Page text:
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Notes by Erkan Alkis

Dervish Sufi Chants & Songs

A Journey into the Ecstasy of Life

A Dervish is simply a person dedicated to following his heart and living his life for the Love of the Creator alone. Dervish means threshold, the one who helps people step over the threshold and enter through the doors of Love. It also means being humble and helping others in the journey to their destination. Dervish music reflects both the physical and spiritual journey of the mind and body. Mantric chanting is also a crucial part of Sufi meditation called zikir and literally means rememberance, recollection and calling the name of God. "God is Most Great" (Allahu Akbar), is repeated over and over, often linked with bodily movement or breathing. Repetition of rhythm and melody creates a meditational space that, when accompanied by chanting, becomes the central point of Sufi music. Sound is universal. Every person hears, sleeps and is born with the sound of the heartbeat. The sound of the bender (framed drum) is close to the sound of the heart, whose beat continuously measures life. human breathing becomes musical when it is made conscious, invoking God's beautiful names. The music of the zikir (dervish ceremony of rememberence) is symbolic of the voice of creation, symbolized by chanting and whispering Allah repeatedly.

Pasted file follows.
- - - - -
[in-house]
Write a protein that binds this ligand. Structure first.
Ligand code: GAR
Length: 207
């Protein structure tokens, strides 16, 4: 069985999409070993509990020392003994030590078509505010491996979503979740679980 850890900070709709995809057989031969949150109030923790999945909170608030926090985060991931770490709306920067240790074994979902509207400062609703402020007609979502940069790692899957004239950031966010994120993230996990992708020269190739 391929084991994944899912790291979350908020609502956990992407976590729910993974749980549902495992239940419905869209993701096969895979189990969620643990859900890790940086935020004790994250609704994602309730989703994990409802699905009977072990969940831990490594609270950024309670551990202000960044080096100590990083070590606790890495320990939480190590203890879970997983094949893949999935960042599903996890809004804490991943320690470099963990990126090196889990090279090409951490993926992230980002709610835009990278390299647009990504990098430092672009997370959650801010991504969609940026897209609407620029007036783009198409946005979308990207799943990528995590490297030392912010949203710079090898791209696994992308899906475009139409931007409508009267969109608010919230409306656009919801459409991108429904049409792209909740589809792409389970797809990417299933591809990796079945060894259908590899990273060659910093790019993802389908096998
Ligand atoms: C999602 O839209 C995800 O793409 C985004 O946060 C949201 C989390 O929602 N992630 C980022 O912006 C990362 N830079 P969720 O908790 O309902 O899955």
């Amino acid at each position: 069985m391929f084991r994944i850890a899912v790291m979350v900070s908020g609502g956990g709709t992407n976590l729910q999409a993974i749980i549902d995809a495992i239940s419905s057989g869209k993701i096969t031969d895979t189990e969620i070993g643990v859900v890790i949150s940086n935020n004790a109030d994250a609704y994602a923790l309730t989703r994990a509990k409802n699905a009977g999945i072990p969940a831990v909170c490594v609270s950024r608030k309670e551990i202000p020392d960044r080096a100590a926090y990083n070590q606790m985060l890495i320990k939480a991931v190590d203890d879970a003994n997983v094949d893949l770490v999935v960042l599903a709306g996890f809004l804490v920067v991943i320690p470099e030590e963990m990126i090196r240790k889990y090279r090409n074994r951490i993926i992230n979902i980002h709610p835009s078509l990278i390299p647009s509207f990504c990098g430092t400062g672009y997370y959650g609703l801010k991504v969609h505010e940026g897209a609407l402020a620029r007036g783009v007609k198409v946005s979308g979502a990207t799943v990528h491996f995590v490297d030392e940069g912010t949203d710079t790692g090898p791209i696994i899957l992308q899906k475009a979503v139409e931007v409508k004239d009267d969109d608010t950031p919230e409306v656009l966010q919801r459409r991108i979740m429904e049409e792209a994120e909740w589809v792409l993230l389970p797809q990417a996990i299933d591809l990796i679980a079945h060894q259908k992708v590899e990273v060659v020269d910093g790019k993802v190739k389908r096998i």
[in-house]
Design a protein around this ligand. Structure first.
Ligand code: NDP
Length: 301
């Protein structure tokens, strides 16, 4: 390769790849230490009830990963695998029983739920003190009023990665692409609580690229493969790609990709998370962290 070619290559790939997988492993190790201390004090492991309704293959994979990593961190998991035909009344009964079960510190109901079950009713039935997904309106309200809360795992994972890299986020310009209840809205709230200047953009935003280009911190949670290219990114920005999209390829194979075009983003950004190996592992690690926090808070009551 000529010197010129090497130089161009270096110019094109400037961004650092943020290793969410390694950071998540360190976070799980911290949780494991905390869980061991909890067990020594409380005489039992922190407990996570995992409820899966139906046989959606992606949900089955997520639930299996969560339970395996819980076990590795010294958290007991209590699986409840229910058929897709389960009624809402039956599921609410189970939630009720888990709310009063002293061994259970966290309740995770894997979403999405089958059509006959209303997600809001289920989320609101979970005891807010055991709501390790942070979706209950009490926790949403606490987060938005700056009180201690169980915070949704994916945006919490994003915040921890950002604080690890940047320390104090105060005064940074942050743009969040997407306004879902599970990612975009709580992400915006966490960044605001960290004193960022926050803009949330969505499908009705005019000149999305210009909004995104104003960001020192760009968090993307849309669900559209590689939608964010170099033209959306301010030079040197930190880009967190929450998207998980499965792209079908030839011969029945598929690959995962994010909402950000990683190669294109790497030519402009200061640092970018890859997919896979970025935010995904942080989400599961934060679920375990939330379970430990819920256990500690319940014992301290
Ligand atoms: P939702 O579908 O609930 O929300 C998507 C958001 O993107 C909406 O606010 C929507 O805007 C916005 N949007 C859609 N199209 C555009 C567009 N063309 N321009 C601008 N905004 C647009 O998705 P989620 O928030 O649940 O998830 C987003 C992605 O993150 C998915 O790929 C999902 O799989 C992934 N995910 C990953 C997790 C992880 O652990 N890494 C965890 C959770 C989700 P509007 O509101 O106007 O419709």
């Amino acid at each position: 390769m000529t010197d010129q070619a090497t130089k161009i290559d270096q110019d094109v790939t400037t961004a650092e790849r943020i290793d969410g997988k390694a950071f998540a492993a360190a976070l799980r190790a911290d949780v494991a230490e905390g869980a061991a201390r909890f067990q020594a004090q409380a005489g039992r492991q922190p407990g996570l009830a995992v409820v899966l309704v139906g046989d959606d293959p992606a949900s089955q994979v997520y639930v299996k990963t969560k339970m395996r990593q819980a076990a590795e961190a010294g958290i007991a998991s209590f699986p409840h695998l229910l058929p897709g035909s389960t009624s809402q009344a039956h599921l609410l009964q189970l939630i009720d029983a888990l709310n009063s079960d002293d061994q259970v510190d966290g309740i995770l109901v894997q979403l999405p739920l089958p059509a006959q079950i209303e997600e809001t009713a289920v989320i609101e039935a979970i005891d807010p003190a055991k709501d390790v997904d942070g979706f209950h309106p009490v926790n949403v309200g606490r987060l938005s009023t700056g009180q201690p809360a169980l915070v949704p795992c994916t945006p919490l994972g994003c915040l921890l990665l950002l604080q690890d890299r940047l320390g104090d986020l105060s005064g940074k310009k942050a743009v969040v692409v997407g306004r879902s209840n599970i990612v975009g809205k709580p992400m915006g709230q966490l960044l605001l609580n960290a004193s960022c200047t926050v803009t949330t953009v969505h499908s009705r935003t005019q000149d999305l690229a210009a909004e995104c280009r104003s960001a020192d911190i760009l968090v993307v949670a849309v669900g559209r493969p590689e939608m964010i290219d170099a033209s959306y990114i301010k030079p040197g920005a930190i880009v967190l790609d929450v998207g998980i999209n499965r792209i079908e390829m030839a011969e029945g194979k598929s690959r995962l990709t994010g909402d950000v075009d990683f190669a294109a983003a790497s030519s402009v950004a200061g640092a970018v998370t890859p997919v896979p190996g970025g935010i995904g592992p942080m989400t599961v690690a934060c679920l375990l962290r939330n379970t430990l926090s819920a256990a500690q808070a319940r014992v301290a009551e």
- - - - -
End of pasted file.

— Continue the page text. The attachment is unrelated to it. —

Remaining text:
As described in Holy Qur'an, at the beginning there was nothing, then God said "Be" and everything came into existence. Sufis believe that everything was created by sound. Sound is simply a vibration, as is Life itself. When our body and soul are harmonized with the vibration of the universe, then we are truly filled with the overwhelming, positive energy - Peace. The beat of the bender represents the importance of Life, while the dervish's voice brings the influence of the spiritual world into Life. The Sufi dervish focuses on the absolute nature of the world which is continually created and dies in every breath we take. Physical and spiritual bodies become one single source of self. Awareness of the Absolute moves back and forth in a pattern similar to the rhythmic waves of the breath in meditation. This leaves one in harmony with the movement from existence to non-existence with every breath he takes.

Sufi musicians sing beautiful gazels (vocal improvisations) about their master's life and death as well as prayers for inner peace, happiness and love. In Sufi belief, death is regarded as waking from a dream. The Sufi master, Mevlana Jeladdini Rumi, considered the occasion of death to be his marriage night with God/Allah - the night that lover and beloved became one.

The recording was made on June 22, 2003 in Konya, Turkey by Lawrence Millard.

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